Farhan Zaidi watched the first round of the 2020 MLB Draft from a suite at Oracle Park, with two Giants mugs a couple of feet away and "Black Lives Matter" signs on either side of him. As the Giants went on the clock, Zaidi leaned back against a sectional and looked out at the field with his cell phone in one hand and a tablet on his lap.
The Giants' president of baseball operations looked very much like a man who knew all of the mock drafts had been wrong. He also looked very much like the relaxed executive who has tried to buck conventional wisdom since being introduced three floors down a couple of years ago.
When you know that all the mock drafts were wrong pic.twitter.com/PL0vWsTu1l— Alex Pavlovic (@PavlovicNBCS) June 11, 2020
The Giants took hitters with nine of their first 10 selections a year ago, and they now boast one of the best collections of slugging prospects in the game. They desperately need high-upside pitching talent, arms that can grow with Joey Bart, their first-round selection just two years ago. There were plenty of pitching options when the Giants came up at No. 13 in the MLB draft, a spot they hope they're nowhere near in future years.
So naturally, with that coveted pick, they chose Patrick Bailey, a catcher from North Carolina State.
This was a reminder of two things. First, in the MLB draft, you always, always go with the best player available according to your draft board. You get into trouble if you stray from that plan.
It also was a reminder that Zaidi, scouting director Michael Holmes and the rest of the Giants' front office don't really care about what the outside world thinks they should do. They are building a big league roster that will be flexible and a better fit for the modern game.
Mauricio Dubon is learning how to play center. Austin Slater carried half a dozen gloves around all spring. There will be openers. There might not be a set closer. There will be four-man outfield alignments. Bart, when he arrives, will do work at other defensive positions.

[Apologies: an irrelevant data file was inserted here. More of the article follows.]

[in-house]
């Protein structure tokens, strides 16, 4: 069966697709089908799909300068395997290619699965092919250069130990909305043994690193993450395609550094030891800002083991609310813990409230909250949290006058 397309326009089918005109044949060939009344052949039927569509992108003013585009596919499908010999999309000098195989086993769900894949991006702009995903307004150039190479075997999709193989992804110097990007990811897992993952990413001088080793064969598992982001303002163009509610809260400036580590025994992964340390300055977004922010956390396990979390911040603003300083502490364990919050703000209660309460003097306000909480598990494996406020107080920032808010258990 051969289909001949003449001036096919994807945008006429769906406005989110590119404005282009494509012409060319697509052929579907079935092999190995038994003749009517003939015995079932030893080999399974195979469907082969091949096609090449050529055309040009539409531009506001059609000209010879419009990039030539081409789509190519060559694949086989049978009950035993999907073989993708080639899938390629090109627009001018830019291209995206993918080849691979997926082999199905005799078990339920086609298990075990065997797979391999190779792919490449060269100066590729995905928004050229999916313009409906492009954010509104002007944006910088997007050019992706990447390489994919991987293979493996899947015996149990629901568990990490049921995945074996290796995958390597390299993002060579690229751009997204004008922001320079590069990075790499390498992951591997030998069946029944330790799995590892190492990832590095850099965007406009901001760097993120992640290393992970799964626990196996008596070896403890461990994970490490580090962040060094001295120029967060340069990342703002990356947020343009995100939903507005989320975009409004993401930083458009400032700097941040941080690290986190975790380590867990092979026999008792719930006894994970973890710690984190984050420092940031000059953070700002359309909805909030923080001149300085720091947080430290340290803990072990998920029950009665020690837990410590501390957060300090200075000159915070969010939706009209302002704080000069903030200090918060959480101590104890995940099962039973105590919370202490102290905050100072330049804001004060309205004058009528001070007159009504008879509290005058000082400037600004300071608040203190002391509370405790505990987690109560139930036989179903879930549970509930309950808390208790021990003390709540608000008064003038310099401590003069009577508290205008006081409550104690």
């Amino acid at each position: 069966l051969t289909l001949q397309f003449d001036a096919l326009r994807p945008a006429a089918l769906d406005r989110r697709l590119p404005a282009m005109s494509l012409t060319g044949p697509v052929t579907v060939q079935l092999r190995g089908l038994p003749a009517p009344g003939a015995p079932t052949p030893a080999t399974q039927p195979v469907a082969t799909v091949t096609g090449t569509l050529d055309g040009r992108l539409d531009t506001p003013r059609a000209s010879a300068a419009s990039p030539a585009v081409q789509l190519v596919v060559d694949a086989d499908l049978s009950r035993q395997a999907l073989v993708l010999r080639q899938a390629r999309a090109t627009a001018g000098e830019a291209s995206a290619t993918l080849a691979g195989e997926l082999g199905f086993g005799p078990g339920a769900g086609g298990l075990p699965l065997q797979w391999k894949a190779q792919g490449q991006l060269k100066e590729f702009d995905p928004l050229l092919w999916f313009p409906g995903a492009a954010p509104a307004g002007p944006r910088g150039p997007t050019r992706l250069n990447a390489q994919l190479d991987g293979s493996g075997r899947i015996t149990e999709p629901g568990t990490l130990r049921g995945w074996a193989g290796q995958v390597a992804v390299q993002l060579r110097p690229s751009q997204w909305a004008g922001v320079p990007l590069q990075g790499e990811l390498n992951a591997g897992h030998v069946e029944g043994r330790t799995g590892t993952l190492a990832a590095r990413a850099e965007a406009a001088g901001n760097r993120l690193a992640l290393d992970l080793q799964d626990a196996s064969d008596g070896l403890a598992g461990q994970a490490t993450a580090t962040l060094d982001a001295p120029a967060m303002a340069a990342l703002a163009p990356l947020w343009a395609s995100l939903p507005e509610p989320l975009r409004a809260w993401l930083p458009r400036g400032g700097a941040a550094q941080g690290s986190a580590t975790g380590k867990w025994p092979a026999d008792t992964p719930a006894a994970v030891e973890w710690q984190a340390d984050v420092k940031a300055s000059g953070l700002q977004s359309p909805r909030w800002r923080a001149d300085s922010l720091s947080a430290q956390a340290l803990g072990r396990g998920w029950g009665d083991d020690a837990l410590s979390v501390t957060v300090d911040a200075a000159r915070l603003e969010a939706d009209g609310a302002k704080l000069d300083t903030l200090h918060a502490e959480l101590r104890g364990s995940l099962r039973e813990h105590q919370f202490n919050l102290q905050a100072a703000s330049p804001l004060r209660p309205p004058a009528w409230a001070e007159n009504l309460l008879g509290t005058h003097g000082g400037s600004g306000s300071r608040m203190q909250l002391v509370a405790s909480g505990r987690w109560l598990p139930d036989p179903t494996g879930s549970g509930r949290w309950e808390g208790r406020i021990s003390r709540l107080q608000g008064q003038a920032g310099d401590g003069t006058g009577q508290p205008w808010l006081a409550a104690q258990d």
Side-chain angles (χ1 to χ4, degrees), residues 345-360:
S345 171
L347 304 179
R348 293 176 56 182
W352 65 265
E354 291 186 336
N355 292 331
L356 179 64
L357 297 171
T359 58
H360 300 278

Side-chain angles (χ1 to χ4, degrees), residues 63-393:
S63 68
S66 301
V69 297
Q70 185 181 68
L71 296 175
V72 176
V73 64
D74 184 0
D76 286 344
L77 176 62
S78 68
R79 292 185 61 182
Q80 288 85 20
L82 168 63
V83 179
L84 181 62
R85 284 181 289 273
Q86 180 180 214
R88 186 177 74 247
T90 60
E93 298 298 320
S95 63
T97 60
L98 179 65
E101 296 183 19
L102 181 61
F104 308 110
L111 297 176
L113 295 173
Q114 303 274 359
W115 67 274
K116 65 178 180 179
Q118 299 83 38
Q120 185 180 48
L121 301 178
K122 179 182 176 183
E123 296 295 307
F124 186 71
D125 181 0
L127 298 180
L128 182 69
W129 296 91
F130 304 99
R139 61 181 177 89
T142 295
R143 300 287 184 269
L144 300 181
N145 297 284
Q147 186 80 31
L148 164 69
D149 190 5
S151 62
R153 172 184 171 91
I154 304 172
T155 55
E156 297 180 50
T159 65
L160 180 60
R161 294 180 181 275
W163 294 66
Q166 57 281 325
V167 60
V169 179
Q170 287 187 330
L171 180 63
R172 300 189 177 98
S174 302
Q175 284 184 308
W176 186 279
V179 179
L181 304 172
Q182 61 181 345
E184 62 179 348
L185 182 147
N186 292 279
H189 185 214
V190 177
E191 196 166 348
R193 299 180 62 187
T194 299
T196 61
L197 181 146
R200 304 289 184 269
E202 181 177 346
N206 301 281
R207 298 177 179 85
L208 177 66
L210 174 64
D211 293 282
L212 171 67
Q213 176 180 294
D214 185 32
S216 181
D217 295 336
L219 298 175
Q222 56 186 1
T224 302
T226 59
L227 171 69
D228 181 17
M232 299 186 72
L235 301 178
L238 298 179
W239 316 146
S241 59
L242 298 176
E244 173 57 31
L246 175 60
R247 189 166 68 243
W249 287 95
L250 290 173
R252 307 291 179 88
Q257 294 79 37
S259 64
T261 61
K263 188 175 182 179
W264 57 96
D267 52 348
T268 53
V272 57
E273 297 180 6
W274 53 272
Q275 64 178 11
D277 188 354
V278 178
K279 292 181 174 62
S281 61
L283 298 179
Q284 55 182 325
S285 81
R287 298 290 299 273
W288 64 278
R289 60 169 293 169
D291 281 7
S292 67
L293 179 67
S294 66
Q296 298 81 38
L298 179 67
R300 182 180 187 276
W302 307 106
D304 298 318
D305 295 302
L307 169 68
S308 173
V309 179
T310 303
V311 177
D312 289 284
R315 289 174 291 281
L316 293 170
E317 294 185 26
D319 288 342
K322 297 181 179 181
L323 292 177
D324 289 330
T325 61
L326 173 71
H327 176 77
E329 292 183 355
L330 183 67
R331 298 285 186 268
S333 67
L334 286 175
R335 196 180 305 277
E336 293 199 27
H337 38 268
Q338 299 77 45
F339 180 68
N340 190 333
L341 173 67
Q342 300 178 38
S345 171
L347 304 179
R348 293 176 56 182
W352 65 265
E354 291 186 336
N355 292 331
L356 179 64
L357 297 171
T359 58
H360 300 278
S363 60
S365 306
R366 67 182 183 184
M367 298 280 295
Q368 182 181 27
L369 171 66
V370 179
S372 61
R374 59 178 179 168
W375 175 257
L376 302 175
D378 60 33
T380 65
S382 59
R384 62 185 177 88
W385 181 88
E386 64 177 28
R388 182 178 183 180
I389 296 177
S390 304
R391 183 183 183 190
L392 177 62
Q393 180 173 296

The thought always has been that would allow Bart to split time with Buster Posey, but there's life after Posey, too. The Giants hope to enter that scary world with two of the best catchers in the game, as Bailey should soon join Bart atop prospect lists. They know more than anyone how important a strong catcher is, and they now have two shots at replacing Posey's presence for years to come.
This is where Posey, who still has barely any grays in his sideburns, would point out that he just turned 33, not 43. And you know what? If he's still an All-Star-caliber catcher in three years, Bart is a star and Bailey is ready for the big leagues, the Giants will have a hell of a good problem on their hands.
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You never can have enough catching, something Zaidi's Los Angeles Dodgers focused on as they built the National League's perennial front-runners. The Dodgers had Yasmani Grandal behind the plate and Austin Barnes as a good option coming up, but they still took Will Smith in the first round of the 2016 draft. He looks like a budding star, and the Dodgers have two more good catching prospects still coming through their system.
The Giants are trying to chase them down in the NL West, and Bailey will join a farm system that now is loaded with offensive talent and could be top-five within a year. He gets plus grades from scouts for his defensive work, and has been calling games since high school, a trait that also stood out to the Giants when they drafted Bart second overall. Bailey has a solid eye and above-average raw power from both sides of the plate.
Oh, also, he does things like this.
Here's the newest Giant, Patrick Bailey. A catcher and Bat Flip King. pic.twitter.com/20syCdpiaa— Alex Pavlovic (@PavlovicNBCS) June 11, 2020
A new generation is coming to Oracle Park. There will be bat flips and youth, and that's what the organization could use after some stale years. But there also will be a reminder of the path that led to three titles.
You can never have too much good catching, and the Giants now are as well-stocked as anyone.